2. The ASM Framework needs to have another another algorithm that allows simple additions within the scope of a single basic blocks which don’t require recalculation of class hierarchy at runtime.
  3. Lastly, we should petition Oracle to make Stack Maps optional for Java 8 and above. This will preserve the currently generated code by the java 7 compiler, but it will free the world from a completely broken design and unnecessary bunch of complexity.

Apparently Oracle is deprecating the -XX:-UseSplitVerifier flag in Java 8, which will make the this workaround impossible and have us forever stuck with stack map frames :(

Comment on bug 8009595 to prevent Oracle from doing so.

No Compilation

Posted by Prashant Deva on March 24, 2013

I absolutely love it when a product completely obviates a need for certain process/step to the the point that you never even have to think about it.

This is why I love Eclipse over all other IDEs. In Eclipse, your project is always compiled. In fact there isn’t even a compile button in the UI. Just click ‘Save’ and that’s it! If you have any errors in any of your thousands of source files after your most recent edit, just the act of hitting save will make it appear.

While other IDEs seem to be moving in this direction, none has an implementation currently that works as well as Eclipse.

For this reason alone, I find Eclipse to be heads above the rest. I never have to think about the ‘compilation’ step.

Chronon 3.5 – Java 7 now supported

Posted by Prashant Deva on March 10, 2013

Its taken us a while, but Java 7 support is finally here!

If you use the Chronon Recording Server, you have to add one extra argument (alongside the jaavaagent arguments): -XX:-UseSplitVerifier

Note that we don’t support other dynamic jvm languages like Groovy, etc, so the invokedynamic instruction in the jvm (which is used by these lanagues, not Java) is not supported by Chronon.

Download now:

Chronon 3.2 released

Posted by Prashant Deva on

We usually update Chronon so often (almost every few days) that when we even sometimes we do a traditional company style update, which takes a few weeks, our users get a little upset :-)

But not to worry, because version 3.2 is finally here!

We got delayed a bit with this one because some of the bugfixes and performance enhancements we wanted to make needed us to change the recording file format in a way that broke compatibility with previous versions of the debugger. Thus we combined a bunch of fixes/updates into one big update. Here is what it contains:

Unpacker Performance and File size improvements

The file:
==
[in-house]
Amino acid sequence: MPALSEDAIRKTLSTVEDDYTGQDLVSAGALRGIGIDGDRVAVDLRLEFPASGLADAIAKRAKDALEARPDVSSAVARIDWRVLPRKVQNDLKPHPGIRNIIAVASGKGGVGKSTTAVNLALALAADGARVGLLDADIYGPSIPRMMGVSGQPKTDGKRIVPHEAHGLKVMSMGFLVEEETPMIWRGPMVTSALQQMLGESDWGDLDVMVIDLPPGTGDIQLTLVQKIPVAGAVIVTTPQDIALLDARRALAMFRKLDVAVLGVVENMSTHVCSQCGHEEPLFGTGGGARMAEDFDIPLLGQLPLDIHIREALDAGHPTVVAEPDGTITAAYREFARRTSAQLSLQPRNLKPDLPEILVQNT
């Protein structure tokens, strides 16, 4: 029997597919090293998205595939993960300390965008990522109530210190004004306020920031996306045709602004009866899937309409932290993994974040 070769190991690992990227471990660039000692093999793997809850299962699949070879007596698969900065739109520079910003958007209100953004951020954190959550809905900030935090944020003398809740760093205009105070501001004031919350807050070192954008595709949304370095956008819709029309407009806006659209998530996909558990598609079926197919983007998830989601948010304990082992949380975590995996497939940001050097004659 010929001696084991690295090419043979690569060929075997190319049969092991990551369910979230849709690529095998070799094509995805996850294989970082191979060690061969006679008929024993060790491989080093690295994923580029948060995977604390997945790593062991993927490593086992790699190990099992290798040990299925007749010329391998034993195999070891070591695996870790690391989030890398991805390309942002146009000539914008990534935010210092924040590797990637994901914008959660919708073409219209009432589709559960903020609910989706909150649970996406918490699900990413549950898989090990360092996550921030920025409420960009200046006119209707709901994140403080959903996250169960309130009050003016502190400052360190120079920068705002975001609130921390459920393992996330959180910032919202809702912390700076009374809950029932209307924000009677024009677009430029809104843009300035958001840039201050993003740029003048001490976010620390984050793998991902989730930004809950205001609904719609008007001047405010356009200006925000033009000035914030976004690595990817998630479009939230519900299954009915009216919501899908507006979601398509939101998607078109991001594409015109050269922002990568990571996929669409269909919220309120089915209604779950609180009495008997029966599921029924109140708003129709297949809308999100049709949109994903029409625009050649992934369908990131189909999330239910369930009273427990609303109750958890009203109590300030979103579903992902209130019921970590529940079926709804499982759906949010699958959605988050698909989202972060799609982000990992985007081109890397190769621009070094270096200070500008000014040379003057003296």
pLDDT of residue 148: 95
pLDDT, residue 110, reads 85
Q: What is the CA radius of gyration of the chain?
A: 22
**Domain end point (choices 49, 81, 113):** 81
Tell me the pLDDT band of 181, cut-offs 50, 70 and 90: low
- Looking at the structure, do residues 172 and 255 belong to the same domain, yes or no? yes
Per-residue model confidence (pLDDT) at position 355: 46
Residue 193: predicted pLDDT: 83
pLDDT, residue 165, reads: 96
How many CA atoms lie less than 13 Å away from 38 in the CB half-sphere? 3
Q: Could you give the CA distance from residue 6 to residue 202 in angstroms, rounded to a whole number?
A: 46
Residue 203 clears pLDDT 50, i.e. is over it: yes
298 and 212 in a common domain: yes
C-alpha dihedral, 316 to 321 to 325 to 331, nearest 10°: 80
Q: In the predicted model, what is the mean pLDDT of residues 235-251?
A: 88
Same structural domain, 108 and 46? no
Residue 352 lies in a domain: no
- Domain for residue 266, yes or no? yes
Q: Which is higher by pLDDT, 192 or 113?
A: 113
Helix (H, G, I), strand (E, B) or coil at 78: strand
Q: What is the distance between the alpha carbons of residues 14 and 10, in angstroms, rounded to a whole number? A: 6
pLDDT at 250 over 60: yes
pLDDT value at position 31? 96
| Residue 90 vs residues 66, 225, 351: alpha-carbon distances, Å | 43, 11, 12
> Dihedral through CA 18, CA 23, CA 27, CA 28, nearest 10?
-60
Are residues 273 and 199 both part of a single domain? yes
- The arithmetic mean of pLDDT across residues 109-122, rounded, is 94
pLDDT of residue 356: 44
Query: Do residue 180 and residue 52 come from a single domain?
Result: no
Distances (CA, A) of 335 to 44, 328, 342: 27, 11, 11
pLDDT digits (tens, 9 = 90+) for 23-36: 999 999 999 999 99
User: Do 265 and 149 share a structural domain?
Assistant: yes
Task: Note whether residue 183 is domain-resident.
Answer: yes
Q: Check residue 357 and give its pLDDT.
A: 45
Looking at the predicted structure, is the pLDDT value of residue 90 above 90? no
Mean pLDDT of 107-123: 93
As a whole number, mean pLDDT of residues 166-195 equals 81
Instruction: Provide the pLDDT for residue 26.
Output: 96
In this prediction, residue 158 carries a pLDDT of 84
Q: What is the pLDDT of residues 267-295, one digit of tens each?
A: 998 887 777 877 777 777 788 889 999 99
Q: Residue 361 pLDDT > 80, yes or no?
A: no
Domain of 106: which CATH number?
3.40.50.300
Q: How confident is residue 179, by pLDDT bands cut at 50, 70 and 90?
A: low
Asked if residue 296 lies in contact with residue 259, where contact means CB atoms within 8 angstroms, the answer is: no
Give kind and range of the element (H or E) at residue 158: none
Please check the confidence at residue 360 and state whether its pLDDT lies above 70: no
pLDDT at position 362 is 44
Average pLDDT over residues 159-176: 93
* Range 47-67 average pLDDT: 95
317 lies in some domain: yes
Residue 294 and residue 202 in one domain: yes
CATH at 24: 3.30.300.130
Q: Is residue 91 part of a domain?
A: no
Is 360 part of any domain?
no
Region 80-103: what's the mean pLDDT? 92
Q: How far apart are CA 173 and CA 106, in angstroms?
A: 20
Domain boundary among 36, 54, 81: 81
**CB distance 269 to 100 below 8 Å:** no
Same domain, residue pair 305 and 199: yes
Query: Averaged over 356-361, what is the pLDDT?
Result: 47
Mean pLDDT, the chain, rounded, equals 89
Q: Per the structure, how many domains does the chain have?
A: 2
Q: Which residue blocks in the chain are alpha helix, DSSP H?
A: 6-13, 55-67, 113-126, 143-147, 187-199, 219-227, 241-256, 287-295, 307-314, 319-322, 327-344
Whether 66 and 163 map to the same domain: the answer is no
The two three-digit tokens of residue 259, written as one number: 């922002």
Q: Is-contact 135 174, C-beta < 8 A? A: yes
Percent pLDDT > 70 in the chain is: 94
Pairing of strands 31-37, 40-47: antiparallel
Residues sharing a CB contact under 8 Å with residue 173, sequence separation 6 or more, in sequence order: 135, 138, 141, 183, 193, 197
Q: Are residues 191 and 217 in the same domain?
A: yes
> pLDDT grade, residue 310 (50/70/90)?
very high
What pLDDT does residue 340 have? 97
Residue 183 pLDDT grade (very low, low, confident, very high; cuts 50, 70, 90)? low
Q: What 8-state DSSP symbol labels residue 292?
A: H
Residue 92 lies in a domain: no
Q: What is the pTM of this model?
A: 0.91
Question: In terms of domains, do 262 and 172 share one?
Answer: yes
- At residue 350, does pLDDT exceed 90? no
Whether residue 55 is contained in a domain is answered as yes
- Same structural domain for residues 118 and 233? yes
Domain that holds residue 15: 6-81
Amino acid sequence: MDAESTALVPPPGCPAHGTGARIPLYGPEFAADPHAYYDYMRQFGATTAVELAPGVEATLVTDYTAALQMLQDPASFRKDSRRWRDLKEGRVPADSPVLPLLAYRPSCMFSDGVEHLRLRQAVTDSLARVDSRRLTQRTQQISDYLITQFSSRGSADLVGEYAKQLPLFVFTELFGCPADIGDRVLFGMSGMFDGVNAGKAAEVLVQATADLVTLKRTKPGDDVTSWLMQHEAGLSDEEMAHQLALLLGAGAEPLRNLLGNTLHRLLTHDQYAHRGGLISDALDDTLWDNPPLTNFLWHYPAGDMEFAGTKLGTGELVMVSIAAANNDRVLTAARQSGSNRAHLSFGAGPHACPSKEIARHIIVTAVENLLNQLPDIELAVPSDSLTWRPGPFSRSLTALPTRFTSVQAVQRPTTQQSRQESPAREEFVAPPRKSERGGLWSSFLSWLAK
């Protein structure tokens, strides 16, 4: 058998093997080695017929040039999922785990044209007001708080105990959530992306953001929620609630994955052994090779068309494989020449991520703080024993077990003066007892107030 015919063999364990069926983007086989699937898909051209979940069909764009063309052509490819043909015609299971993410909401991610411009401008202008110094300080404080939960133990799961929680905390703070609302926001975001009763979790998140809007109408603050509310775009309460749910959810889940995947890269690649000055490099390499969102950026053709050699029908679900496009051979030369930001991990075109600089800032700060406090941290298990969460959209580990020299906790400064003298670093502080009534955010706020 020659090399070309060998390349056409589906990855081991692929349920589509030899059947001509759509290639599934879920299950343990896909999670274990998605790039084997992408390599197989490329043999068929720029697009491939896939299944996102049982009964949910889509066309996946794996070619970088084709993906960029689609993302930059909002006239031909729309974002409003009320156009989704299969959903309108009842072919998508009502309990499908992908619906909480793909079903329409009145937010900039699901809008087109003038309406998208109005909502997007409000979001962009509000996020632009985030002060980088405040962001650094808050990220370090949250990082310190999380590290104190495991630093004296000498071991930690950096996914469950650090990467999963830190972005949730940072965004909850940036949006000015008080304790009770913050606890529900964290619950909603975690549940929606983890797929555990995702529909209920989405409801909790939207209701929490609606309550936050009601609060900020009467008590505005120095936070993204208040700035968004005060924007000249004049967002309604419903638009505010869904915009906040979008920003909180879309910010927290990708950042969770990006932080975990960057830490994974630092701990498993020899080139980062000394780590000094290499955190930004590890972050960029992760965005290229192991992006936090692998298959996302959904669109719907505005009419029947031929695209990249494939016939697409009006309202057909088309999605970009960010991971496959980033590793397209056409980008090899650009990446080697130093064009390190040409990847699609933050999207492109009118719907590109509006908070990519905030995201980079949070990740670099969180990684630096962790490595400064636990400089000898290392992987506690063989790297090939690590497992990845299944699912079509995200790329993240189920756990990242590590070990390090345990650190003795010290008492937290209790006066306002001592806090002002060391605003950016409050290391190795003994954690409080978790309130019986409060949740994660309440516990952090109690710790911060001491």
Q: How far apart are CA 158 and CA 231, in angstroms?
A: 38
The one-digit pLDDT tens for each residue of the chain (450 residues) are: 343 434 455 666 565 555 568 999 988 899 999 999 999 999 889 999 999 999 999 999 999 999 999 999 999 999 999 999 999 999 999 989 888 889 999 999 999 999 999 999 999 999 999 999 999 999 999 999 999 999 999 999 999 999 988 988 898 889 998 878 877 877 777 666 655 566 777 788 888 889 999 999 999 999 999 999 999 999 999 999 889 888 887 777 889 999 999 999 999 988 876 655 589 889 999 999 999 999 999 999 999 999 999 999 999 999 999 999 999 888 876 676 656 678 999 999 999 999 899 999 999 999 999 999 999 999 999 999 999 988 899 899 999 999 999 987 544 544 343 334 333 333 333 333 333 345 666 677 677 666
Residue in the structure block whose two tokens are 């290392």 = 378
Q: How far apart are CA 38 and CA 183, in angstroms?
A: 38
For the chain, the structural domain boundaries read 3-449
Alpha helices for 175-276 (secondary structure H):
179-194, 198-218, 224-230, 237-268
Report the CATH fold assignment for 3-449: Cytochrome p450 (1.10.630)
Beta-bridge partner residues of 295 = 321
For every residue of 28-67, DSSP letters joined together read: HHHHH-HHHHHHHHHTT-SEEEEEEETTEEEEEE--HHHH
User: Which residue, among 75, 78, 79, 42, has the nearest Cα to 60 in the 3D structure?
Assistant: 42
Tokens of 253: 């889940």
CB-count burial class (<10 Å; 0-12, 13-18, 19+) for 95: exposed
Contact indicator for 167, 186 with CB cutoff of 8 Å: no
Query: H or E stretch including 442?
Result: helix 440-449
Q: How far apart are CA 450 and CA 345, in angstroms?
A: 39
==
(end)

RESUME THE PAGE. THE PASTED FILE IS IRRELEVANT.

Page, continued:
Both the file size and time taken to unpack have been reduced by almost 20%. Enjoy a faster Chronon experience!

Bug fixes

Tons of them. If you were running into bugs in the debugger, you couldn’t be anymore. If you use the Chronon Recording Server, make sure to update the Chronon Controller since this one contains a critical bugfix.

Enjoy the new Chronon and rest assured our future updates will not take this long.


Recording Server now runs with just a double click

Posted by Prashant Deva on March 9, 2013

The Chronon Recording Server installation was quite tedious for some users since it involved configuring and installtaing multiple components and needed a standalone container for deploying recordingserver.bat.

We have made things much simpler now with version

Just double click on start.bat( or to start running the Recording Server and Chronon Controller processes.

Full details here:

Dark Eclipse theme

Posted by Prashant Deva on December 13, 2012

Intellij IDEA recently launched with a cool new Dark theme, so I set about to find something equivalent for my beloved Eclipse.


Apparently it didn’t take me too long. All you need to do is :

1. Make sure you have the latest version of Eclipse, ie, Juno

Sorry but previous versions dont exactly support theming. 

2. Download the ‘Dark Juno’ theme

This will change the color of all eclipse view and toolbars to a dark theme. However we still have to change the color theme of the editor.

3. Get the Eclipse Color Themes plugin

Install a dark theme for the editor from there. I personally recommend ‘Oblivion’. It is also the most popular theme on the site.

And tada! You now have ‘Dark Eclipse’! Granted the theming is a bit rough around the edges but you didn’t have to fiddle with your OS color schemes and takes only minutes to setup. You end up with a nice, eye soothing color palette for an application you will be looking at all day :)